Writer/Director Scott Derrickson (“Sinister,” “Exorcism of Emily Rose”), who is best known for his talents in horror filmmaking, lends his keen eye for the supernatural and paranormal to the mystical and magical world of Marvel’s “Doctor Strange.” With an incredible cast led by Benedict Cumberbatch and a script overflowing with witty humor, heart and trippy, “Inception-like” effects, Derrickson delivers one of the most entertaining tales within the superhero universe to date.
While most of the Marvel franchises rely on countless action scenes with thunderous explosions and fight sequences one after the other, “Doctor Strange” is a new approach to the superhero format. Steve Ditko’s 1963 comic book introduced readers to a unique kind of action with the mystical arts. As Derrickson described it, “The comics were bold, trippy, hallucinogenic and fantastical.” But while the imagery and special effects are distinctly different from “Captain America,” “Spiderman,” etc., the backstory always begins with a man who transforms from human to superhuman.
It turns out that Iron Man isn’t the only egocentric superhero on the block. Dr. Stephen Strange (Cumberbatch) is an exceptional world-renowned neurosurgeon whose head is bigger than his wallet. But a horrific car crash changes his life forever when he loses the use of his hands. After he exhausts every medical treatment and surgical option, Strange turns to alternative medicine and travels to a mysterious enclave known as Kamar-Taj. It isn’t long before he discovers there is more to this ‘center for healing,’ than meets the eye. It is the front line of a battle against unseen dark forces, which threatens to destroy Earth. Trained and taken under the wing of The Ancient One (Tilda Swinton), Strange acquires impressive magical powers. Before long, he is forced to choose whether to return to his life or leave it all behind to defend the world from the evil and delusional, Kaecilius (Mads Mikkelsen).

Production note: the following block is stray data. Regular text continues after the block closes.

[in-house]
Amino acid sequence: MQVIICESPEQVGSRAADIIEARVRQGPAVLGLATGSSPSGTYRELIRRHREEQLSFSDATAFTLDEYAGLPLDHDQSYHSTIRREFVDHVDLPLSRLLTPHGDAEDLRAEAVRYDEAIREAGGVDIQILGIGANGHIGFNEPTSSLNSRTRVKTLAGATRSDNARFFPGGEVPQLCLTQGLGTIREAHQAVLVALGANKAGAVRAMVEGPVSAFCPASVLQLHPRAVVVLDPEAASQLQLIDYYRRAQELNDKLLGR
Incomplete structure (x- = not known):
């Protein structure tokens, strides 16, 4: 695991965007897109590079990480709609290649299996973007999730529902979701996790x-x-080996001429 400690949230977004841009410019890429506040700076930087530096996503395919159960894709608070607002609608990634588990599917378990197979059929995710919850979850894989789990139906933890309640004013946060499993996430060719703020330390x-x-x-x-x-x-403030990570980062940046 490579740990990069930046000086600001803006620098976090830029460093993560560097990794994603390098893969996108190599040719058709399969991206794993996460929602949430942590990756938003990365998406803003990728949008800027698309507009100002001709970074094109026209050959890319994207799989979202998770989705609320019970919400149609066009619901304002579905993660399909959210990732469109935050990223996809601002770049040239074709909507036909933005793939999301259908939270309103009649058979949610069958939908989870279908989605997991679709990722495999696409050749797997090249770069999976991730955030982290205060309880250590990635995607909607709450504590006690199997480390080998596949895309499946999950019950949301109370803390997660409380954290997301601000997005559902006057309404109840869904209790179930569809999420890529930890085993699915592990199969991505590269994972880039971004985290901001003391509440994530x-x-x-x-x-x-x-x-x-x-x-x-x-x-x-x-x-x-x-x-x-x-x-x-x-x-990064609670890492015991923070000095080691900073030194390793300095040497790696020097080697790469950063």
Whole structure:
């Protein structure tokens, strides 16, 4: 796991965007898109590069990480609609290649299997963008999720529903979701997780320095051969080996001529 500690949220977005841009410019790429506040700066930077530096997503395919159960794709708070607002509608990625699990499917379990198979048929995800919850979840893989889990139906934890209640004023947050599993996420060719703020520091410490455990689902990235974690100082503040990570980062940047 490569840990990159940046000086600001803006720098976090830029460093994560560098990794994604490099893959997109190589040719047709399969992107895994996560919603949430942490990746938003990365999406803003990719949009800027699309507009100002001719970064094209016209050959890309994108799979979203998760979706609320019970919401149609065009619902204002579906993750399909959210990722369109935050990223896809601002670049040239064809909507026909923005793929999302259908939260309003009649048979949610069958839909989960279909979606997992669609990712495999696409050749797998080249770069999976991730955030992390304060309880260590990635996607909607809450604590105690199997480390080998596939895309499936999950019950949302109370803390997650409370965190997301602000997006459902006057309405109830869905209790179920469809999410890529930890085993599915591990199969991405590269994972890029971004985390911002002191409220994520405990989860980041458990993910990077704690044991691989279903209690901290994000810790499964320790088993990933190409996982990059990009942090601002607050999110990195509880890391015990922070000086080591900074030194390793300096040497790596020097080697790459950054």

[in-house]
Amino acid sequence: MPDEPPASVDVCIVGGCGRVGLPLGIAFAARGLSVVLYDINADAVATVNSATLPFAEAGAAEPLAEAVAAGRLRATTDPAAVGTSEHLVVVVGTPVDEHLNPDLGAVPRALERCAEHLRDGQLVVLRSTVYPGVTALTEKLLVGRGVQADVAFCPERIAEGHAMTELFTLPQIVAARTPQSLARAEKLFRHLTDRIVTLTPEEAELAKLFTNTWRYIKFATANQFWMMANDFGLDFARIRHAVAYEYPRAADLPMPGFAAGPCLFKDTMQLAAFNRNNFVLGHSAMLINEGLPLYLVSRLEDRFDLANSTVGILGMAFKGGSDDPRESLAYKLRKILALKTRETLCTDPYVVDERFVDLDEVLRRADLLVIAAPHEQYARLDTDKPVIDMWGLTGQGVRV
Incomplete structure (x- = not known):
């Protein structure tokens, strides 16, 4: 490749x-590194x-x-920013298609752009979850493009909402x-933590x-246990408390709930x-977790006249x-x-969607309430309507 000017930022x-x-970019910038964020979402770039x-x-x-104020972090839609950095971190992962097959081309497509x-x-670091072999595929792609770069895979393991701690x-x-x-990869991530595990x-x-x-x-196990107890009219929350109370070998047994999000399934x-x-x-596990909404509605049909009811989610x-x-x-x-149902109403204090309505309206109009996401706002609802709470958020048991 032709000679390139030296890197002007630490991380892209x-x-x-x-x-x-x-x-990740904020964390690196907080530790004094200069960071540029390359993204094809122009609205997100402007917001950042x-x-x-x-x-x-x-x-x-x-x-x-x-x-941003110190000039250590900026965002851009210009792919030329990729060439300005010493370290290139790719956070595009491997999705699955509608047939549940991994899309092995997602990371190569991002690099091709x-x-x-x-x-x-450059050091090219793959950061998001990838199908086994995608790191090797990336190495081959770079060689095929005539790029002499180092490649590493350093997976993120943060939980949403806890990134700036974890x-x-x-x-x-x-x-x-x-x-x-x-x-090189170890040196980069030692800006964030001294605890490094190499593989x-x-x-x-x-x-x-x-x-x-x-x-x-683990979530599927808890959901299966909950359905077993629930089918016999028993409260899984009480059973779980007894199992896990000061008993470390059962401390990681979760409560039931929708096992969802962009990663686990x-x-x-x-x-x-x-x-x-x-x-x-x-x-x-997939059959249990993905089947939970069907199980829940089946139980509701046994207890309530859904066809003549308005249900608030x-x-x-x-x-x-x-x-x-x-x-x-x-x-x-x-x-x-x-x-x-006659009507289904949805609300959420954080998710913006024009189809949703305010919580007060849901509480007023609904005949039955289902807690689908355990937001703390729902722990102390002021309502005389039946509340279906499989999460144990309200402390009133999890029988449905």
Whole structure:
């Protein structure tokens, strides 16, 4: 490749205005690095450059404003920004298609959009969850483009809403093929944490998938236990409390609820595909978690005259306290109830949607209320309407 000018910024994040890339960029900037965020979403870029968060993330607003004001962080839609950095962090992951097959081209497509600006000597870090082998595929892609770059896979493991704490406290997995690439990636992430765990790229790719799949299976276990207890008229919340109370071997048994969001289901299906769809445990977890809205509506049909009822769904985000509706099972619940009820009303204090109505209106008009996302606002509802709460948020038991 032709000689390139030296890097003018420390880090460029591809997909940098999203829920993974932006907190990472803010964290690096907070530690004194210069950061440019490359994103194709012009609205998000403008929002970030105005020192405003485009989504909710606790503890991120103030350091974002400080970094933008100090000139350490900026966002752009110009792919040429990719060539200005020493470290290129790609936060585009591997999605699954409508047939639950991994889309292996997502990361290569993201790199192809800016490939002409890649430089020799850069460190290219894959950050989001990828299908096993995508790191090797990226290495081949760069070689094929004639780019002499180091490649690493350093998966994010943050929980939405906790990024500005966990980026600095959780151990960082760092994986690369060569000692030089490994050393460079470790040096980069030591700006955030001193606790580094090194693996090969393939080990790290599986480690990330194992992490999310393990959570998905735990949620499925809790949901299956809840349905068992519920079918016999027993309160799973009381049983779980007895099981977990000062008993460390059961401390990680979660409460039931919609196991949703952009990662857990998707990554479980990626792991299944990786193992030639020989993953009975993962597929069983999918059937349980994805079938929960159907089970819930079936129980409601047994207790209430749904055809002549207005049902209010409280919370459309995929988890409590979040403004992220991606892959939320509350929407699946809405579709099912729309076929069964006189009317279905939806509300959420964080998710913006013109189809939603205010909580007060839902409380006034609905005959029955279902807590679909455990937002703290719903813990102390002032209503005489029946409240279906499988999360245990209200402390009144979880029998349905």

From Sherlock Holmes to “The Imitation Game,” which earned Cumberbatch an Oscar nomination, known as a serious actor, he was possibly not the best choice to portray the next Marvel superhero star. Turns out, the casting was on point. Cumberbatch is spectacular as Strange. He fully embodies the character with aspects of brilliant comedy and drama. The star’s performance is complimented by the work of co-stars Chiwetel Ejiofor (Mordo) and Benedict Wong (Wong), who portray Doctor Strange’s mystical sidekicks. There is clear chemistry between Cumberbatch, Ejiofor and Wong, which radiates throughout the film. Thanks to the script, written by Derrickson, Jon Spaihts (“Prometheus”) and C. Robert Cargill (“Sinister”), there is no shortage of clever wit and well-delivered jokes.
Of course, it wouldn’t be a Marvel movie without a love interest. Rachel McAdams is splendid as Dr. Christine Palmer, a.k.a. ‘the one who got away.’ Tilda Swinton takes on the character of The Ancient One, who guides Strange through his dangerous and magical journey. The always intense actress brings compassion and fierceness to the role.
Many components make “Doctor Strange” a highly entertaining film, including the visuals and special effects, which by the way, conspicuously compares to Christopher Nolan’s “Inception.” The movie transports the audience around the world through time-warp dimensions, from London to New York, Hong Kong and Nepal. The sfx makeup and Alexandra Byrne’s detailed costume design also add to the creation of this marvelous Marvel world.
In a film market saturated with superhero tales, “Doctor Strange” is a pleasantly hilarious and refreshing new twist on an older superhero character.
By Pamela Price
Running time: 115 minutes
Rated PG-13 for sci-fi violence and action throughout, and an intense crash sequence